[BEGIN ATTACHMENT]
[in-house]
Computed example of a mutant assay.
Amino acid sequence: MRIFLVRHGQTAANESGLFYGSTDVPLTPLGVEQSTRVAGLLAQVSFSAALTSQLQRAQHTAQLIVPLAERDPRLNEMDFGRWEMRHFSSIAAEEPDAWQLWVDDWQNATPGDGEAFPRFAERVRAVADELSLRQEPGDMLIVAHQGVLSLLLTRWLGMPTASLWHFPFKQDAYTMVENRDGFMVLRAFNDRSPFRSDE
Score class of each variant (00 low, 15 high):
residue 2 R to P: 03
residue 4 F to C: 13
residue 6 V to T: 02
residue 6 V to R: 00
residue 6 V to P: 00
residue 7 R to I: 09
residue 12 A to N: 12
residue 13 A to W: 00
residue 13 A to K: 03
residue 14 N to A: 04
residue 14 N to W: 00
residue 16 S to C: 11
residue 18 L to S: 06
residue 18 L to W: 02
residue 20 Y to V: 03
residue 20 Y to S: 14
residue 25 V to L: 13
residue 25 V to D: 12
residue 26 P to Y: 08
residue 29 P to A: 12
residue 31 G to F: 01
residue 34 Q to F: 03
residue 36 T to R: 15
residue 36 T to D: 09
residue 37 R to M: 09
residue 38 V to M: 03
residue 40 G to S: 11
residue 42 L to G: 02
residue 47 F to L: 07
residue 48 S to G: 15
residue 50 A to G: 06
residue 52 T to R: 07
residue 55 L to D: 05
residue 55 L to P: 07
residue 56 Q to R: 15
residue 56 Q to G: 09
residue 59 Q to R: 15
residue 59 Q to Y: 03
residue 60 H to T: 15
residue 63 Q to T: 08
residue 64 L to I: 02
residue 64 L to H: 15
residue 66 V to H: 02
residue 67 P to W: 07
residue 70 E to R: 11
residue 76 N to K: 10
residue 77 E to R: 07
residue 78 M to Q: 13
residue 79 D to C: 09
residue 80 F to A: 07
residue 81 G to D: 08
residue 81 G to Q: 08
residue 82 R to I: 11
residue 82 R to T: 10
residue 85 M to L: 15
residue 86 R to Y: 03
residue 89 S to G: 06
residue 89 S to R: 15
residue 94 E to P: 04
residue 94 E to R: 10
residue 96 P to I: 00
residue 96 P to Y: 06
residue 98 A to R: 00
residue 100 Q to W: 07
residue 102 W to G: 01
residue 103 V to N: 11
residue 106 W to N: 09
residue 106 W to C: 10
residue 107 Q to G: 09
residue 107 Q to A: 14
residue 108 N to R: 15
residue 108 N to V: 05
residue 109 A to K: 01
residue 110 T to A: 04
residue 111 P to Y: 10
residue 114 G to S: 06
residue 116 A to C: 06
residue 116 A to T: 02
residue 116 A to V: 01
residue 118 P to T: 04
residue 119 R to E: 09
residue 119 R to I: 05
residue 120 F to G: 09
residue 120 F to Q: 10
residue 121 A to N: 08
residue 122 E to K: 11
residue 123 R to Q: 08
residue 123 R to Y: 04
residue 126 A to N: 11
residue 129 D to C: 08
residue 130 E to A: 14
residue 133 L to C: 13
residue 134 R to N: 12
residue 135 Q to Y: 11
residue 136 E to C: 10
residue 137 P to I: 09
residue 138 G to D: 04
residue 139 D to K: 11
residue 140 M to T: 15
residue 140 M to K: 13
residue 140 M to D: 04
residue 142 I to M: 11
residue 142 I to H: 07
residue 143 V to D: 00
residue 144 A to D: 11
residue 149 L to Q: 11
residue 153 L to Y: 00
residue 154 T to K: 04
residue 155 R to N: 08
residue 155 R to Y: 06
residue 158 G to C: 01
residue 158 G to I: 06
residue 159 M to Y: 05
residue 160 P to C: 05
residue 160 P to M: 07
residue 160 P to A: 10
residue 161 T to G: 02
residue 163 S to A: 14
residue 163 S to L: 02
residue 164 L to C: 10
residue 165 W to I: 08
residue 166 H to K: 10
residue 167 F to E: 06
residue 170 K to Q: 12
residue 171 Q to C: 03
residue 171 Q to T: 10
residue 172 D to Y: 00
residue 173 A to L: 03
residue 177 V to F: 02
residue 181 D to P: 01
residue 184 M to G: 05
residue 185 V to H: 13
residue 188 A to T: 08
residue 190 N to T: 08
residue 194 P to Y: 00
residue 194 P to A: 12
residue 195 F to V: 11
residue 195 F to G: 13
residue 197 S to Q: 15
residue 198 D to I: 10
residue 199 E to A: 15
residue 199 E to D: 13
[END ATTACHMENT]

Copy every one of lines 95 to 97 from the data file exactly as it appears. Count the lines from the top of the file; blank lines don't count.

residue 130 E to A: 14
residue 133 L to C: 13
residue 134 R to N: 12